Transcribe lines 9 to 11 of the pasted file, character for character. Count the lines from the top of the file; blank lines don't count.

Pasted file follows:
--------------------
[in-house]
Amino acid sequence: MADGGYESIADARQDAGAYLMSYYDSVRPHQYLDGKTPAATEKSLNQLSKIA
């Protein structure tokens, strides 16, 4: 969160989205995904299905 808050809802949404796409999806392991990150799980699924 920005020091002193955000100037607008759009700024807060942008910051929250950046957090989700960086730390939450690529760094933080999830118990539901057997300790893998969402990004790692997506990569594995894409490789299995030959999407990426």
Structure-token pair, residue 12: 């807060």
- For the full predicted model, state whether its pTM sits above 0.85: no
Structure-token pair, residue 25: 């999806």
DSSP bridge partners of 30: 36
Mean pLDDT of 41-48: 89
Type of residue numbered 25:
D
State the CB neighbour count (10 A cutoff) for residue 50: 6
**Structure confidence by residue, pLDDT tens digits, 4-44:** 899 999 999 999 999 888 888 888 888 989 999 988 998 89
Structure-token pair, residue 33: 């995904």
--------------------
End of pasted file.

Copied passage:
Type of residue numbered 25:
D
State the CB neighbour count (10 A cutoff) for residue 50: 6